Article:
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Attempts by the European Union to curtail the activities of Big Tech companies like Apple, Google, and Facebook are progressing at a slow pace, with lawmaker infighting potentially weakening and delaying proposals.
The European Commission introduced two pieces of legislation in December 2020, taking aim at Apple and other Big Tech firms operating in the European Union. While the Digital Markets Act and Digital Services Act offered ways to increase competition and reduce the power of the tech giants, progress on bringing the acts into law are being hampered by fighting between politicians.
The disputes over the rule changes could be sufficient enough to delay their implementation by years, reports the Financial Times, potentially until after current EU competition and digital policy head Margrethe Vestager exits her post in three years time.
"It sounded like we had agreed but that is not the case at all," said German MEP Evelyne Gebhardt in a September debate. "We are a long way from having a common position on this."
The main dispute is over determining what companies should be affected by the legislation. While some, including lead European People's Party Group MEP Andreas Schwab, want to focus on the biggest platforms, others want to widen the scope to affect more digital services.
"If the threshold is too low, it would also capture a number of traditional companies," warned Schwab. "But this law is not for the general economy but it is specifically to target digital gatekeepers that are shutting down markets."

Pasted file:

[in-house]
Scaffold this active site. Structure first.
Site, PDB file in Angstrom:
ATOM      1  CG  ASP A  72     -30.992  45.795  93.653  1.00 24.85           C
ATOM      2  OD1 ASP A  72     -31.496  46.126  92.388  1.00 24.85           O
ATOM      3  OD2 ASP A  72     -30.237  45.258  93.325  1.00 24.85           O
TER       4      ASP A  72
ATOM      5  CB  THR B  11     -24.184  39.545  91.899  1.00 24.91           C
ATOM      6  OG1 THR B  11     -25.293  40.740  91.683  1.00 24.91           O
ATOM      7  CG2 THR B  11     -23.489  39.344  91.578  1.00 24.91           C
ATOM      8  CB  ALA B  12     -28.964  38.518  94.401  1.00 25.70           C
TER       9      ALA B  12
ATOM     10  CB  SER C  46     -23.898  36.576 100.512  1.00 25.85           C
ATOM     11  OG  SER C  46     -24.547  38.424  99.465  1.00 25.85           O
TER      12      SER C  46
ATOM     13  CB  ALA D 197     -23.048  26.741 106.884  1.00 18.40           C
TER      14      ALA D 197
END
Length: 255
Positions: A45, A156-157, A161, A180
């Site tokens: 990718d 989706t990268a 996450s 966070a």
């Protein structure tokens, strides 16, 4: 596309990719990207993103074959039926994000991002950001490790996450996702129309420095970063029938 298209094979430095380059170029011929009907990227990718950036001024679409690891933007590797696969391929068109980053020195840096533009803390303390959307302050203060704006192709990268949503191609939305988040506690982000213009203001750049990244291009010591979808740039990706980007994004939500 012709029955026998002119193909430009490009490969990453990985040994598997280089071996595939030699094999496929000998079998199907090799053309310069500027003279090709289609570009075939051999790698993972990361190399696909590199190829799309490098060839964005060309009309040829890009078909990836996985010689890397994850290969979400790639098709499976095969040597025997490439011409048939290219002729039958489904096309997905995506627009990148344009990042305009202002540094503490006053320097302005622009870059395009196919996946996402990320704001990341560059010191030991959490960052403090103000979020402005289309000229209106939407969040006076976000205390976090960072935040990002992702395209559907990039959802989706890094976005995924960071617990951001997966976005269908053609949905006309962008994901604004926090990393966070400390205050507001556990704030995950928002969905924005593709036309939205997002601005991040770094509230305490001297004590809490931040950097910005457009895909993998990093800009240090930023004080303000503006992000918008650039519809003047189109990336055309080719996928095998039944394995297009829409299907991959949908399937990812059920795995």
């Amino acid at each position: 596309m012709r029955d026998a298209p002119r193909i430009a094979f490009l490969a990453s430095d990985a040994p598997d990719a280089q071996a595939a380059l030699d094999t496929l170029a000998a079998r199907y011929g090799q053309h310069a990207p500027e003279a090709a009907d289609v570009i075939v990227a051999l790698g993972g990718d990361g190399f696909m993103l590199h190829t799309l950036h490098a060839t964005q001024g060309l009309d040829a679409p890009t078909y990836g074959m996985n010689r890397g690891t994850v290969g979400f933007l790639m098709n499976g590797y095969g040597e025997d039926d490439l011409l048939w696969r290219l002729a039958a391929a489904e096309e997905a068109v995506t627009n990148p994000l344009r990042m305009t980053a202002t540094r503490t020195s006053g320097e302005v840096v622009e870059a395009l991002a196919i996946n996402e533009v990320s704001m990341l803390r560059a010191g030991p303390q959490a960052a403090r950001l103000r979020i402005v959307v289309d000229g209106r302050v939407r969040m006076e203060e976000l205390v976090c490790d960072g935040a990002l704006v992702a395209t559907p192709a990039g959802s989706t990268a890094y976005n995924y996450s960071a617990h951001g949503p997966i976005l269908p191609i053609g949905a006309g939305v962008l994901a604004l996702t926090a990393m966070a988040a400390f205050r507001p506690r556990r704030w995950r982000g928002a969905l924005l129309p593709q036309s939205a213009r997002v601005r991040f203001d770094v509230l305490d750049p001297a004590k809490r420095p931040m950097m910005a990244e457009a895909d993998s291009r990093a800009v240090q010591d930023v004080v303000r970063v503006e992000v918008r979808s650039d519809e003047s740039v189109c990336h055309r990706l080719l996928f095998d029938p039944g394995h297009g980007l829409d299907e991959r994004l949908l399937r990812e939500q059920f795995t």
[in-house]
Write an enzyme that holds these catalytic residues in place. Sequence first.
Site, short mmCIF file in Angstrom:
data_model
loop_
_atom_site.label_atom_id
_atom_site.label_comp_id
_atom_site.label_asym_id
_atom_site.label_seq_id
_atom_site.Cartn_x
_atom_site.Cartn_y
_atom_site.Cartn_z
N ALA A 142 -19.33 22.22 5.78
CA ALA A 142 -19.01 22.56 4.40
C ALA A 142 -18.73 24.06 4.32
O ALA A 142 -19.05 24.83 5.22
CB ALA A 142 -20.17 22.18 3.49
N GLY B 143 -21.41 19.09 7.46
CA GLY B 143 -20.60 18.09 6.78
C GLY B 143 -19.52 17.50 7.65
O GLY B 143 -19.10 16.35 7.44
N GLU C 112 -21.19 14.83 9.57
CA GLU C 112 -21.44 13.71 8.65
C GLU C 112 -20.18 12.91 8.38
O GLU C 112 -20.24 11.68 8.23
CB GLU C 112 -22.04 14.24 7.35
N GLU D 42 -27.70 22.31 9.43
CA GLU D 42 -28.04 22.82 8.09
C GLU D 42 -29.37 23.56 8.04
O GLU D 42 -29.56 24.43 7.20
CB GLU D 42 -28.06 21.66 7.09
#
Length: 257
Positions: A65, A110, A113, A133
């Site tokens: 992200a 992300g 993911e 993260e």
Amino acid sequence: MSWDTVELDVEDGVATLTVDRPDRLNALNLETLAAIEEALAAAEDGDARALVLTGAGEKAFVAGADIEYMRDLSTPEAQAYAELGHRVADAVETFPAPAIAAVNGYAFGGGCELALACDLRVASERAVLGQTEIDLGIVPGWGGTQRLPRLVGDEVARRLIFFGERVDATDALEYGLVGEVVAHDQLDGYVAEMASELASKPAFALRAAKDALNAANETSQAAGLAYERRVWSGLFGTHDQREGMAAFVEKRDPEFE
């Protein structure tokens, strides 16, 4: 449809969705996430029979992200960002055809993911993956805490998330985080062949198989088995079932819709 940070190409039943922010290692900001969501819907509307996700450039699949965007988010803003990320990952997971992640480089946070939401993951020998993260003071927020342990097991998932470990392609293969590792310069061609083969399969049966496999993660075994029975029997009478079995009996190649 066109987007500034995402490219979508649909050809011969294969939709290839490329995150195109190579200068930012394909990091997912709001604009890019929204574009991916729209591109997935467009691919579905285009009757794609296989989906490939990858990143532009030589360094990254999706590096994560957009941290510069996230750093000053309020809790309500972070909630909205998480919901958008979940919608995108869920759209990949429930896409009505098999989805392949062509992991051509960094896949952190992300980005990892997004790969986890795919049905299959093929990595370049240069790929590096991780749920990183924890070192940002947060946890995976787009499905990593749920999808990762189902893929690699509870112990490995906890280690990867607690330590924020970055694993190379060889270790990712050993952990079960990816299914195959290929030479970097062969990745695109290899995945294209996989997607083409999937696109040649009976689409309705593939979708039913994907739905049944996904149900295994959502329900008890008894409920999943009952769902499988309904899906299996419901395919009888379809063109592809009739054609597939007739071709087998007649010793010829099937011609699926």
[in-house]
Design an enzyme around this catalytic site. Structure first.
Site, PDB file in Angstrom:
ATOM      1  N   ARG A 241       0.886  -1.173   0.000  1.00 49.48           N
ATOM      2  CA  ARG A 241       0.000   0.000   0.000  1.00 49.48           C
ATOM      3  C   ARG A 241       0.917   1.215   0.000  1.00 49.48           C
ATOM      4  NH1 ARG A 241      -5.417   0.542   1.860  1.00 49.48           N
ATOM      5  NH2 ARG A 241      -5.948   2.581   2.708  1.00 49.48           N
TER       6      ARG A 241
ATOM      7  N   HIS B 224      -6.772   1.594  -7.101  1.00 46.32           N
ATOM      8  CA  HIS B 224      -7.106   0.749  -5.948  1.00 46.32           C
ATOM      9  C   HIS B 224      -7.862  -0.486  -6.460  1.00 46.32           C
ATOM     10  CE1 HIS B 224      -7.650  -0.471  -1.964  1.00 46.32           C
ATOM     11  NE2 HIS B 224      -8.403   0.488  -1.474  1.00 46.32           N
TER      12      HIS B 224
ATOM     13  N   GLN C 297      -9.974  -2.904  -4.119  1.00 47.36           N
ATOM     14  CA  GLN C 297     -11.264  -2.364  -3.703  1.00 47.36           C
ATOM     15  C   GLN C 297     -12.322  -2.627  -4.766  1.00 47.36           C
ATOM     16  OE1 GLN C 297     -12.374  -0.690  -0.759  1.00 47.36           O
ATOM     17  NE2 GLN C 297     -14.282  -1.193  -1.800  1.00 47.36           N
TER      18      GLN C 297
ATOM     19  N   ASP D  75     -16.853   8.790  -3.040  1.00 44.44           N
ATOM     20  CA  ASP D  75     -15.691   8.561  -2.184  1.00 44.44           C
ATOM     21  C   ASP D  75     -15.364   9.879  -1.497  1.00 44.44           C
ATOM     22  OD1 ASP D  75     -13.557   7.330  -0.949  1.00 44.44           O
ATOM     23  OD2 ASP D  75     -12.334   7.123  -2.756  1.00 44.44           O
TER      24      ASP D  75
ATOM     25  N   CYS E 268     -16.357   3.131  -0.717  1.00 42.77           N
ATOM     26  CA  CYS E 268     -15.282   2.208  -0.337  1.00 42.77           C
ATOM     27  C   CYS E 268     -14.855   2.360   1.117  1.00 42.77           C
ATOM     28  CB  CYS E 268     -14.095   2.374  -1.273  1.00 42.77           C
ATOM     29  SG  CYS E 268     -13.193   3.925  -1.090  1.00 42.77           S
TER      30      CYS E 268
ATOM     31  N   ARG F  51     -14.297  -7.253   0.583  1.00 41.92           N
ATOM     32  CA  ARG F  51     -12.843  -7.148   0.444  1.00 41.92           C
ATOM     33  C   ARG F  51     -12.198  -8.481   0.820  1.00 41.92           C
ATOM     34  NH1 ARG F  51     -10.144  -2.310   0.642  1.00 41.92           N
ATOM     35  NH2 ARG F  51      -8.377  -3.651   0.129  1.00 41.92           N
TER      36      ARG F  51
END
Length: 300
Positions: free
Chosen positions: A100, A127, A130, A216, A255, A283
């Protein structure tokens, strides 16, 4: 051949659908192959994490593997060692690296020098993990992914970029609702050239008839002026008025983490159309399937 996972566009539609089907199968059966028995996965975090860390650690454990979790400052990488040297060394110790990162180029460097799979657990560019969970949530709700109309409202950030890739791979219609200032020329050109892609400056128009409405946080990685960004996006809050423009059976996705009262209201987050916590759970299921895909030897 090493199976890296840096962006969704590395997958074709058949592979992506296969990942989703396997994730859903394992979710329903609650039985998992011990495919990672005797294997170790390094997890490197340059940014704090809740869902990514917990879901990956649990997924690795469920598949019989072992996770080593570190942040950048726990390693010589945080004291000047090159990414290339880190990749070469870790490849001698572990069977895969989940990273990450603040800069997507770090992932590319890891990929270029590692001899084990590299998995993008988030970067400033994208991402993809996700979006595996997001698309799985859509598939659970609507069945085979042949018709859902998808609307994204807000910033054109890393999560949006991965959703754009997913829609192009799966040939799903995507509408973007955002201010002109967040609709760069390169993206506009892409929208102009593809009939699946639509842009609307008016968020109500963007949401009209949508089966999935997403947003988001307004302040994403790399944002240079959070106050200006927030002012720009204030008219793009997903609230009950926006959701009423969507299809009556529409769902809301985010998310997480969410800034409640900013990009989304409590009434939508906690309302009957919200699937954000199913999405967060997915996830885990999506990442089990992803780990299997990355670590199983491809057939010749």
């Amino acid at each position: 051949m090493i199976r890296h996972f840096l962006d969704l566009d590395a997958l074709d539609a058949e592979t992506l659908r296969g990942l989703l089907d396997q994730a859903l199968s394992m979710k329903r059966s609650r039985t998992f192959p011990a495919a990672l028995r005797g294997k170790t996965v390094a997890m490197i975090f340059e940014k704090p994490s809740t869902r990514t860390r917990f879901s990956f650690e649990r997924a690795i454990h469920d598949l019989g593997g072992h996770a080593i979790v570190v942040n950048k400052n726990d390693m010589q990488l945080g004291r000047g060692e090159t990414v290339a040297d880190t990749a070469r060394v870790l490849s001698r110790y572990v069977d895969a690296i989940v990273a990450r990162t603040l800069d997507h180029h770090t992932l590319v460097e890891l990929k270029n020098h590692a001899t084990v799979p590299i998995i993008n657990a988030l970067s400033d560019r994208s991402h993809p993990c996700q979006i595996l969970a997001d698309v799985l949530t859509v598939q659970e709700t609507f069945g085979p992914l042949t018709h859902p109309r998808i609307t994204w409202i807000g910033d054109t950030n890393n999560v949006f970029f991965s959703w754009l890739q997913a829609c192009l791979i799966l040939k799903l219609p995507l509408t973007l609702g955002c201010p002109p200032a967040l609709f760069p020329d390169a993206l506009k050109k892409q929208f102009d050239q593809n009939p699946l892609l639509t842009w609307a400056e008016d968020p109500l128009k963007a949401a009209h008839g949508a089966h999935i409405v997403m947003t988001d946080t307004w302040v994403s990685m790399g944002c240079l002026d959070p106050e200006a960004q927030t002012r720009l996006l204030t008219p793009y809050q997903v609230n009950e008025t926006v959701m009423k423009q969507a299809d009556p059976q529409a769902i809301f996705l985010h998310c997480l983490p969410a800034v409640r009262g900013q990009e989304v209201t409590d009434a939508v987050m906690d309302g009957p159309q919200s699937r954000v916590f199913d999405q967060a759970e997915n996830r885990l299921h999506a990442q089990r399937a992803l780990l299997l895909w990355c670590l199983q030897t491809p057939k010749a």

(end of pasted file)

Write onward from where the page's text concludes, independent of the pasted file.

Schwab wants to go after firms with market values in excess of 80 billion euro ($92.6 billion), and to take aim at only core digital services of each company. Meanwhile Socialists & Democrats, the second-biggest group in the European parliament, want to cover video streaming services, music streaming, cloud services, and mobile payment platforms, by using a 50 billion euro ($57.9 billion) marker.
"I fear new gatekeepers will rise instantly once you have dealt with Google and the rest," said Dutch MEP Paul Tang. "We need the legislation to be futureproof. We have waited more than 20 years to reform the rules of the internet, and so we will need to make it strong enough for the upcoming 20 years."
Tang added that the legislation should also affect firms that offer multiple services "otherwise Big Tech will know how to bypass the laws with their army of expensive lawyers and this will be a missed opportunity."
There is a hope that there will be a resolution before EU states, the parliament, and the European Commission gather early in 2022, as well as ahead of France's presidential elections in April. France is the holder of the rotating presidency of the EU for 2022.
Europe isn't the only region enduring slow progress on the path to regulate Big Tech companies. In the United States, despite the leaking of internal Facebook documents and increased scrutiny by lawmakers, it is thought that a regulatory battle similar to that against Big Tobacco could take years before law changes make a real difference.